Accordingly, it has been deemed desirable to provide a compressor control system for unloading gas compressors including liquid injected positive displacement compressors wherein the back pressure or working pressure in the discharge port and the compressor working chambers may be reduced as much as possible without continued injection of copious amounts of liquid and without requiring auxiliary pumping devices.
The present invention provides an improved unloading control system for a gas compressor apparatus wherein the compressor may be run in the idling or no-gas delivery mode at very low power input to the compressor. In accordance with the present invention there is provided an unloading system for a compressor apparatus wherein an auxiliary chamber is evacuated by the pumping action of the compressor itself and then is placed in communication with the compressor discharge port whereby the compressor operates to pump a very small mass flow of fluid during unloaded operation. Furthermore, the compressor unloading control system of the present invention operates a compressor of the positive displacement rotary type at very low discharge pressures, which for an air compressor working with atmospheric inlet air may be substantially below atmospheric pressure during unloaded operation.
The unloading control system of the present invention also provides for operating a liquid injected rotary compressor in the unloaded or idling mode for extended periods without continuous injection of liquid into the compressor proper during unloaded operation. Accordingly, liquid foaming and the associated noise and vibration experienced with prior art unloading control systems are avoided. Moreover, with the compressor unloading control system of the present invention auxiliary pumping devices and liquid metering valves required in some prior art systems are eliminated.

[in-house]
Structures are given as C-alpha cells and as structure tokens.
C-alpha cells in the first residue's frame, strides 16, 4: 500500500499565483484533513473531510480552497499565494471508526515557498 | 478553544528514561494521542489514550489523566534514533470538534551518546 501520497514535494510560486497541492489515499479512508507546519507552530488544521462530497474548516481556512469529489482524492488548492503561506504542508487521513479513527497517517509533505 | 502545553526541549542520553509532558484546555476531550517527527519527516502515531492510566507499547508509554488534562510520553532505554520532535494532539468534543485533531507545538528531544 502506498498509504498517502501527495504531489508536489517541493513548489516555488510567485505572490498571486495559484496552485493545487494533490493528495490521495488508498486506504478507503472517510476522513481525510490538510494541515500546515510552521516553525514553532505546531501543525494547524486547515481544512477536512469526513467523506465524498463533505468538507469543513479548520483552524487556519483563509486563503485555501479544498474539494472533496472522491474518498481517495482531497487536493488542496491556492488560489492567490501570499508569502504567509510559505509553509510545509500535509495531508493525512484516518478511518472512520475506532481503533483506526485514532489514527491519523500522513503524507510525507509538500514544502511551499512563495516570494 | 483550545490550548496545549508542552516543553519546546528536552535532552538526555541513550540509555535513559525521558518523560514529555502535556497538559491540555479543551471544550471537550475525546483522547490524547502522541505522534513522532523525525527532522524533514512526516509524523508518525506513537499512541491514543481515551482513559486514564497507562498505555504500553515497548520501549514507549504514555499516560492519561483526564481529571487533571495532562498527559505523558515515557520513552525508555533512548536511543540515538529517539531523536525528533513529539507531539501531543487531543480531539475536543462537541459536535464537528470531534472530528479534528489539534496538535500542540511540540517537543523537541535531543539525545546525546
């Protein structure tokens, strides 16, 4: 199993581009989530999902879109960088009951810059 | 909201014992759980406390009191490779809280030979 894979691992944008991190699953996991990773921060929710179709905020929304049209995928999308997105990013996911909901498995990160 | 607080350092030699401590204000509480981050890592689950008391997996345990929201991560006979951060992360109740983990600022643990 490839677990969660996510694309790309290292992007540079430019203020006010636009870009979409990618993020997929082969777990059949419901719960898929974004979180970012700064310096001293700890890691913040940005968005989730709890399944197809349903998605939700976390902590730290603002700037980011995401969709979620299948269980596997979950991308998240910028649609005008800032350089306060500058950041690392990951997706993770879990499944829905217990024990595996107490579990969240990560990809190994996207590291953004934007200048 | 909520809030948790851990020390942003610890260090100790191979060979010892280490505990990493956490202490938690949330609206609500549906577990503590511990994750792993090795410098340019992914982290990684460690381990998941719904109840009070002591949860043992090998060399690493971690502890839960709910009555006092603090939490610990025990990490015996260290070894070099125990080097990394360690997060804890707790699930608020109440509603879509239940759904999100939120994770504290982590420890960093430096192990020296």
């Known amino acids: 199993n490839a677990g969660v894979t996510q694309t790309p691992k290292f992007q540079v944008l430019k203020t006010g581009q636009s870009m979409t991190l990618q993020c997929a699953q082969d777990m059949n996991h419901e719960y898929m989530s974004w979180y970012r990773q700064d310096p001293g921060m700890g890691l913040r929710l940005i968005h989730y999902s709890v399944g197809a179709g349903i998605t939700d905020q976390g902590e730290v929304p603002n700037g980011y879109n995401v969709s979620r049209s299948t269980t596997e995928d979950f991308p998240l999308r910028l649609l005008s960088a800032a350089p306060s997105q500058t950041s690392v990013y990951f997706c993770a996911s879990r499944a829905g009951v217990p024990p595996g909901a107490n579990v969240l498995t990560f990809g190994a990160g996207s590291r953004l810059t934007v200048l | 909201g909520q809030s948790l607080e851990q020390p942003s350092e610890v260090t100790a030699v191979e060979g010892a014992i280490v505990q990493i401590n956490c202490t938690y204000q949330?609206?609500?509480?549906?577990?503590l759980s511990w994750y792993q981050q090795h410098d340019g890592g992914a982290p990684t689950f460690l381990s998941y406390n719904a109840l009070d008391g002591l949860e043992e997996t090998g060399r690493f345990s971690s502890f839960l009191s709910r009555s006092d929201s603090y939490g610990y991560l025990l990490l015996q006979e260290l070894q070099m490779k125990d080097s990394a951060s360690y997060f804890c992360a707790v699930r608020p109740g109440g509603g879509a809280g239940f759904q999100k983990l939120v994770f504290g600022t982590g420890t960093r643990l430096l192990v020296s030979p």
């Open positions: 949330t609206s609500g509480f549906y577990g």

The compressor unloading control system of the present invention further provides for maintaining the compressed gas receiver and liquid reservoir at normal compressor discharge or delivery pressure during unloaded operation thereby improving the operating efficiency of the compressor apparatus.
The above noted as well as other superior features of the unloading control system of the present invention are believed to be realizable to those skilled in the art upon reading the detailed description of the preferred embodiments herein.
FIG. 1 is a schematic diagram of a compressor apparatus including one embodiment of the unloading control system of the present invention;
FIG. 2 is a schematic diagram of another embodiment of the unloading control system of the present invention;
FIG. 3 is a schematic diagram of an electrical circuit which is part of the control system of FIG. 1;
FIG. 4 is a schematic diagram of an electrical circuit which is part of the control system of FIG. 2; and,
FIG. 5 is a longitudinal section view of a helical screw gas compressor of a type which may be advantageously used with the control system of the present invention.
Referring to FIGS. 1 through 4, two embodiments of an unloading control system for a liquid injected helical screw air compressor are shown in schematic form. The symbols representing various components in the schematics of FIGS. 1 through 4 are generally in conformity with U.S.A. Standards for graphic symbols for fluid power and electrical diagrams. The physical form of some of the components may be varied in actual practice and some components may be combined or provided separately to perform the intended function represented by the symbols of FIGS. 1 through 4. Moreover, although the disclosed embodiments of the unloading control system of the present invention are well suited for use with a liquid injected helical screw type compressor it is anticipated that compressors including rotary vane, as well as other positive displacement types may be used in conjunction with the systems disclosed herein. The control systems of the present invention may also be adapted for compressors working with gases other than air, namely, refrigerant vapors and the like.